Well that could’ve been worse.
Election times, crisis averted, I guess we can move along. It wasn’t the outcome most of my bubble were looking for, but it was an outcome. The Cons did not get their minority government. That’s worth celebrating. Aside from that, mediocrity won on the day. I think most people have been happy enough to accept a better than bad result, but disappointment abounds once more for the NDP. I know in my riding, we had high hopes that our NDP candidate would win over the Liberal incumbent. It didn’t happen. There are a lot of early theories as to NDP’s performance, and they typically revolve around three things: Fear, money, and racism.
First the fear, that’s easy. We still operate in a FPTP system. The reigning notion in mainstream progressive circles was we have to vote Liberal to prevent a Con minority. I’m no pundit, but I’m pretty sure it’s the horse Trudeau rode to victory. It’s exactly how I would’ve voted, if I hadn’t had a bunch of discussions with friends to better understand the (admittedly limited) nuances of our parliamentary system. Our riding was between Liberal/NDP. That seat was not going to a Con, so I was free to vote with my heart. I did, and while I didn’t get the result I was hoping for, I have no regrets over doing so. I want to live in a society where we’re free to vote for the representation we want, not against the representation we fear.
Secondly, money. Singh’s popularity really rose through the leaders’ debates. He was eloquent, clever, and frequently rose above the muck and mire that marred this election cycle. I think he impressed a bunch of people who’d previously dismissed him as an option. The party was hampered financially in comparison to the other parties. The Cons, of course, had all that sweet sweet back channel International Democratic Union propping up his puppet campaign. I guess we have to be kind of thankful that Scheer was such a limp, robotic option, and was unable to inspire most anyone outside of Alberta. Trudeau also had a lot of supportive structure surrounding him. Singh less so. It was hard for them to mount a successful advertising campaign with the limited reach their finances could achieve. They did a comparatively great job on social media, courting younger voters, but it clearly wasn’t enough to leverage into solid votes.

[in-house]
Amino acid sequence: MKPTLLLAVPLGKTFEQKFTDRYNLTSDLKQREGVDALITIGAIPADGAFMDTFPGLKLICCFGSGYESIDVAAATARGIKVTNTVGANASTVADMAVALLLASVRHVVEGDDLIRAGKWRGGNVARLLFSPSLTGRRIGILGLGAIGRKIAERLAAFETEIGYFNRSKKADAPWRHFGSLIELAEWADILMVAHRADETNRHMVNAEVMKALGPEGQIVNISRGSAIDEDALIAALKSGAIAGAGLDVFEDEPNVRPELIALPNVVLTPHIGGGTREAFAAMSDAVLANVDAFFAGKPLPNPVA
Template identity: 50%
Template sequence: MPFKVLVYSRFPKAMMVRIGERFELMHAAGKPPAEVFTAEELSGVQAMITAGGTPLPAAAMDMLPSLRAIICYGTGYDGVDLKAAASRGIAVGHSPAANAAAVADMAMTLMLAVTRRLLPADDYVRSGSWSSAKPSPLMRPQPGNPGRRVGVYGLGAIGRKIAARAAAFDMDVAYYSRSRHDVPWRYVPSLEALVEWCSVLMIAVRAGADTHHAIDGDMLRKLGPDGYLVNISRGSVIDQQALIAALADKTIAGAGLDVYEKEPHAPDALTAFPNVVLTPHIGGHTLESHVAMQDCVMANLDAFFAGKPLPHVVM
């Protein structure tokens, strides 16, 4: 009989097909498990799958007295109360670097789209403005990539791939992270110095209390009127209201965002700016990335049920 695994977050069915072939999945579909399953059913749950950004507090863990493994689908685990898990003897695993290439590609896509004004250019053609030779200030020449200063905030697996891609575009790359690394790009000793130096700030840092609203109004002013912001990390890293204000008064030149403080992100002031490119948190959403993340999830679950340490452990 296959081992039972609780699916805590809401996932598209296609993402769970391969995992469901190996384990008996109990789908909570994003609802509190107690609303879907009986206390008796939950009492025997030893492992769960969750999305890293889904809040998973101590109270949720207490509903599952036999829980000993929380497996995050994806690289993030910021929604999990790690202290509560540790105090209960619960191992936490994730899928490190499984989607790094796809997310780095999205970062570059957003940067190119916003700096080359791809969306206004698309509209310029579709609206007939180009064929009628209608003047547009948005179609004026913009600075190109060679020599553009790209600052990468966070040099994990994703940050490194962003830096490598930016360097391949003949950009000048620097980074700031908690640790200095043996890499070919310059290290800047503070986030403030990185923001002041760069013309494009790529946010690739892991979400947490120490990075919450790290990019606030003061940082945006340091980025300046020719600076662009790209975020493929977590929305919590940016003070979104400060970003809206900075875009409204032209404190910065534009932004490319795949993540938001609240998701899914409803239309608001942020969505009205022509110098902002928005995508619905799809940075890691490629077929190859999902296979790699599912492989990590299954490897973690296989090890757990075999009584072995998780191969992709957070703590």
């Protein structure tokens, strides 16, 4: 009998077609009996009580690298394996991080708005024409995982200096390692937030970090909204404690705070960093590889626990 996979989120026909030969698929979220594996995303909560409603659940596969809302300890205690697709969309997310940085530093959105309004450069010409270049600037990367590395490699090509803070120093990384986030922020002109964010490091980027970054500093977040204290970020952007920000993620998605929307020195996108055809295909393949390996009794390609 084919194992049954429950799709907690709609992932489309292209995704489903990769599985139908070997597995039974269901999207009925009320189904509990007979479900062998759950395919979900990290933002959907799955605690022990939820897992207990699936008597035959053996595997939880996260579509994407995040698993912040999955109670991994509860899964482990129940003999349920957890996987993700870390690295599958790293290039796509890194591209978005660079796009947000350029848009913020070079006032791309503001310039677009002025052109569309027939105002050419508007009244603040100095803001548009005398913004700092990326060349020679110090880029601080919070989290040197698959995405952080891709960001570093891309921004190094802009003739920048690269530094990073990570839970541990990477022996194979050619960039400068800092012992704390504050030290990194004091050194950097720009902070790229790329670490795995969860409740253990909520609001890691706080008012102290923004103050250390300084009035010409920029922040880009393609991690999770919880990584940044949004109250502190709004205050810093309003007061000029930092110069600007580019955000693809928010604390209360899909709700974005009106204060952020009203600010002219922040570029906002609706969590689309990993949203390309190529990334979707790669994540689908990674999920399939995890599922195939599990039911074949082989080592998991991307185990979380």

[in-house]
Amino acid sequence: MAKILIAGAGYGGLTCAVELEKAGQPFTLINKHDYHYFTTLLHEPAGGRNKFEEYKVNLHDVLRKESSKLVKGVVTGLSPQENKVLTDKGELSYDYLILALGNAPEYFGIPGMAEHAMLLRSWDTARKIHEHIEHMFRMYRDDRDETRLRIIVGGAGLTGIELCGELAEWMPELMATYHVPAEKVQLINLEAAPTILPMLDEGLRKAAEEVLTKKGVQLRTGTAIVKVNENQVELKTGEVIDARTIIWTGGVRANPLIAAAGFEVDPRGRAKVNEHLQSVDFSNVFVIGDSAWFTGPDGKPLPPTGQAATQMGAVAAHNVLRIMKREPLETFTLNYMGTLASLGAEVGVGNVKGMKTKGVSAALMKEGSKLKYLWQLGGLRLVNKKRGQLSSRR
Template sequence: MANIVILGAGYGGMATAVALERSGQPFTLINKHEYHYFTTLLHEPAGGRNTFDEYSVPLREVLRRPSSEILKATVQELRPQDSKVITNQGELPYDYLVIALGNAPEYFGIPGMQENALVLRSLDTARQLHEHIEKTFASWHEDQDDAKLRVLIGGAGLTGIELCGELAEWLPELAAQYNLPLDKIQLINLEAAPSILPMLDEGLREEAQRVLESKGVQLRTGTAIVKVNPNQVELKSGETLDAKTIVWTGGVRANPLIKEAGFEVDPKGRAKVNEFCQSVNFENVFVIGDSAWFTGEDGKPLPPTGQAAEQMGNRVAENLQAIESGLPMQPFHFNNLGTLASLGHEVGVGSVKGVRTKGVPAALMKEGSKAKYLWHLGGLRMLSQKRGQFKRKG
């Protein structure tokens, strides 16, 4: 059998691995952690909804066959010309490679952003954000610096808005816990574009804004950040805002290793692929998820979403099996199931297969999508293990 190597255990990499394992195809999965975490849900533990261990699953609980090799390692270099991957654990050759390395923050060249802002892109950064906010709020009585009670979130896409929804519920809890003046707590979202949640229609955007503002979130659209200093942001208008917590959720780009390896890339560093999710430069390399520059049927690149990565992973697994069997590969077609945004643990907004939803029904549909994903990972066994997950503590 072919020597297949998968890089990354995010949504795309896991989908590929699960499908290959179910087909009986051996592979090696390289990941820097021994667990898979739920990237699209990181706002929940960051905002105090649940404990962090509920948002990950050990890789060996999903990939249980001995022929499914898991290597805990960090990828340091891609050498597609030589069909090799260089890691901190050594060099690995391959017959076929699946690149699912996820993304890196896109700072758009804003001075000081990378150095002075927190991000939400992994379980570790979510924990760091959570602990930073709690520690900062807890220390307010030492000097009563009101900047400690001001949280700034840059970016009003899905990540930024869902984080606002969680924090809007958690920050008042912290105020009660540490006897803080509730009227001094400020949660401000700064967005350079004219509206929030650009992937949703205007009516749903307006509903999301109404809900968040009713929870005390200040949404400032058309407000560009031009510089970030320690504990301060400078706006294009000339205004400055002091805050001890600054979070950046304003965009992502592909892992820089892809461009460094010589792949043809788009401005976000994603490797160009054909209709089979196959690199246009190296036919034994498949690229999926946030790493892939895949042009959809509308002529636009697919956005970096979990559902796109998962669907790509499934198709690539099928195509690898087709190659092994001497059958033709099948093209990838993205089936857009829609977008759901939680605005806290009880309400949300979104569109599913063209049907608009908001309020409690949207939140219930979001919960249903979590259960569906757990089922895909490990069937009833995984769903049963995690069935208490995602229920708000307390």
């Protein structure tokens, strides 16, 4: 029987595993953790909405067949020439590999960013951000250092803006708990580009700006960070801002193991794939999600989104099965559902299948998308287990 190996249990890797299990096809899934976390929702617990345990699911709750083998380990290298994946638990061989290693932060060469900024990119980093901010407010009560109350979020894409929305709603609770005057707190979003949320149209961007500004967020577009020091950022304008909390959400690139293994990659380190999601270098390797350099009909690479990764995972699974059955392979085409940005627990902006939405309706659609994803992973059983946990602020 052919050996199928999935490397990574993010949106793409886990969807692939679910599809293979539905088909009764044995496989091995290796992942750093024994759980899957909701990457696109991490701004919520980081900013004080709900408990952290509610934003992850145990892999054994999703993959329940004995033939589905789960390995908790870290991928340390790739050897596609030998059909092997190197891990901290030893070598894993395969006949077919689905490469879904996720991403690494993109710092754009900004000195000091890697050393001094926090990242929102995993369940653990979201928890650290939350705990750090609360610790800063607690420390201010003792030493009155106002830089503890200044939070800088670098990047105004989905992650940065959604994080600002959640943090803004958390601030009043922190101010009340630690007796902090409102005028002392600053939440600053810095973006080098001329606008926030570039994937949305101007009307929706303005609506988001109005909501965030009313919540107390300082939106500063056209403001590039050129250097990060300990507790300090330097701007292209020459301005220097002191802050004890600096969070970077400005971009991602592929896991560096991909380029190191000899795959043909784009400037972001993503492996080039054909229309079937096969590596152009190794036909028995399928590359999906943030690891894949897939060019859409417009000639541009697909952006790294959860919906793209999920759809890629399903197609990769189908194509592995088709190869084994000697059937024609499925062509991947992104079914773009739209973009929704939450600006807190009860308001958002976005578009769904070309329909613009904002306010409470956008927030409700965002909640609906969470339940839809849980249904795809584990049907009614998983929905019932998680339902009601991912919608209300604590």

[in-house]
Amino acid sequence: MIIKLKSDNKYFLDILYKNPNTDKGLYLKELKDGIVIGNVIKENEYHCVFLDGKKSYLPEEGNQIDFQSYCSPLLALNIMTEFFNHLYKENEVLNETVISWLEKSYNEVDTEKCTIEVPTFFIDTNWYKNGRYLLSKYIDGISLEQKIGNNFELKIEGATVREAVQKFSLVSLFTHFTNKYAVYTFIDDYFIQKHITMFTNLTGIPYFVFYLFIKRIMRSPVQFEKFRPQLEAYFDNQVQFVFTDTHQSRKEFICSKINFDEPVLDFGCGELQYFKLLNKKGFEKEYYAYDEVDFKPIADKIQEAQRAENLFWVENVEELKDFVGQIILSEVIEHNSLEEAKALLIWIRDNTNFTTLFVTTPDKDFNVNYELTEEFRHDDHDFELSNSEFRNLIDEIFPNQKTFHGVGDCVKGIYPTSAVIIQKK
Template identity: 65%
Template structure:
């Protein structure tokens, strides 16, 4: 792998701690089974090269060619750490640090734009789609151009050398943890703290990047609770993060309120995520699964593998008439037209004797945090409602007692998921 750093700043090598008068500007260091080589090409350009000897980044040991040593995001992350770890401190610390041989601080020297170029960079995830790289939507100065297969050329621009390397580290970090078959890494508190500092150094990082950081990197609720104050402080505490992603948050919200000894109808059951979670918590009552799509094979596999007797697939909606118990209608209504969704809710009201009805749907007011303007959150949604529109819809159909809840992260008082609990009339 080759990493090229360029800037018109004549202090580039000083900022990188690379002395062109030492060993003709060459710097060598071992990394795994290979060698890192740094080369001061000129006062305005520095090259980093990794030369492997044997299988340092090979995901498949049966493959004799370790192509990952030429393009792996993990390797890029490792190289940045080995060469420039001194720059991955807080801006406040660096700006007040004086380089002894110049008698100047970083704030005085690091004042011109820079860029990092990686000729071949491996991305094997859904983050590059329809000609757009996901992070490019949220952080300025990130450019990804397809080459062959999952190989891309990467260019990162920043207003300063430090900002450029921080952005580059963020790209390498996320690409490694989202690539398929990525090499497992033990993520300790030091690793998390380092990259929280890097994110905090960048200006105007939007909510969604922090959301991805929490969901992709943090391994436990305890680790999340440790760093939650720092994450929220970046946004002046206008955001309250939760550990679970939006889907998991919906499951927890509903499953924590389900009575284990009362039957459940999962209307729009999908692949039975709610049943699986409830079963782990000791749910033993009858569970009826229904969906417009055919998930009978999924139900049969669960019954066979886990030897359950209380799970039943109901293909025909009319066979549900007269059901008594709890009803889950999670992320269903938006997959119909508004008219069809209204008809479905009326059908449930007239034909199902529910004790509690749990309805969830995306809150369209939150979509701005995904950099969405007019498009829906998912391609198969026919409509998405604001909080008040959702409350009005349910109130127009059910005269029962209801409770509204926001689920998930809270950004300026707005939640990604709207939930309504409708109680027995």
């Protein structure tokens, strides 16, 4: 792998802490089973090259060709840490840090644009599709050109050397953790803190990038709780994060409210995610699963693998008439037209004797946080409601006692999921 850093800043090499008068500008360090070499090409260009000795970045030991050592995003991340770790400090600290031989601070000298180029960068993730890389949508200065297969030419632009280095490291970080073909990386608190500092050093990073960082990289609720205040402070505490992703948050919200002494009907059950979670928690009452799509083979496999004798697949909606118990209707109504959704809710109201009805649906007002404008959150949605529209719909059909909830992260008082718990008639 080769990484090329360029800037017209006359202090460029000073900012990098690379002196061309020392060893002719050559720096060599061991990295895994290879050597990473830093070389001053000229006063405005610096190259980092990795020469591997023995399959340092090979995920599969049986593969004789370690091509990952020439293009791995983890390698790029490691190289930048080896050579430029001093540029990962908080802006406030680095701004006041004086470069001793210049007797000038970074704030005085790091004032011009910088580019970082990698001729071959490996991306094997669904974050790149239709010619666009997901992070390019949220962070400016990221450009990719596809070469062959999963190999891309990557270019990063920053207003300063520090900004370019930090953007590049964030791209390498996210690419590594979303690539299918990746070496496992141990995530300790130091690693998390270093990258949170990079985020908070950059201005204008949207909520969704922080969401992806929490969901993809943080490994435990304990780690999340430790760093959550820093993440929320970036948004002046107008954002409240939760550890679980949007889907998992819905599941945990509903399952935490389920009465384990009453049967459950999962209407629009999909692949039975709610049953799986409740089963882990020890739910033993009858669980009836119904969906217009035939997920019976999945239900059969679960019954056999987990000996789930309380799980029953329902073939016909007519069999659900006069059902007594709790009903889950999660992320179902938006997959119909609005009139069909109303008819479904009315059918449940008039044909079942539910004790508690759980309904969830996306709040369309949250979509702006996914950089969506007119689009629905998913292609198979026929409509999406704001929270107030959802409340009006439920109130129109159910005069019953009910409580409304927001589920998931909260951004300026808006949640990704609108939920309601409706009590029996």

Thirdly, racism. I’m not gonna speak to the ins and outs of this, because I have only a base knowledge. From what I do understand, NDP really struggled in Quebec. Quebec is all in on Bill c-21. It’s a secularism bill, which has become particularly contentious for its clause that would ban public workers in positions of authority from wearing religious symbols. Jagmeet wears a turban. It’s obviously against what c-21 stands for. NDP got shut the fuck out in Quebec. They lost 15 seats in Quebec, which is a ton when they previously held 44 seats countrywide. It seems like most of those losses went to Le Bloc Québécois, a party devoted to Quebec sovereignty and nationalism. I mean, if you want an example of how an average, everyday person thinks it’s okay to act, here’s Singh talking to a Québécois after the dude tells him he should cut off his turban. Singh through and through has been a class act. It’s more than a little disappointing that didn’t translate into actionable support.
Who knows what happens from here on out. It does seem like Trudeau’s Liberals are going to have to lean on the NDP for support. Le Bloc Québécois are likely going to ignore most things that aren’t about Quebec. Fingers crossed that NDP in a position of kingmaker help actual progressive policy shine through. There’s potential here, and for the sake of the vulnerable here in Canada, I hope they tap into it.
Also Alberta, if you want to fuck off so badly with your #wexit bullshit, go ahead. See how far that gets you.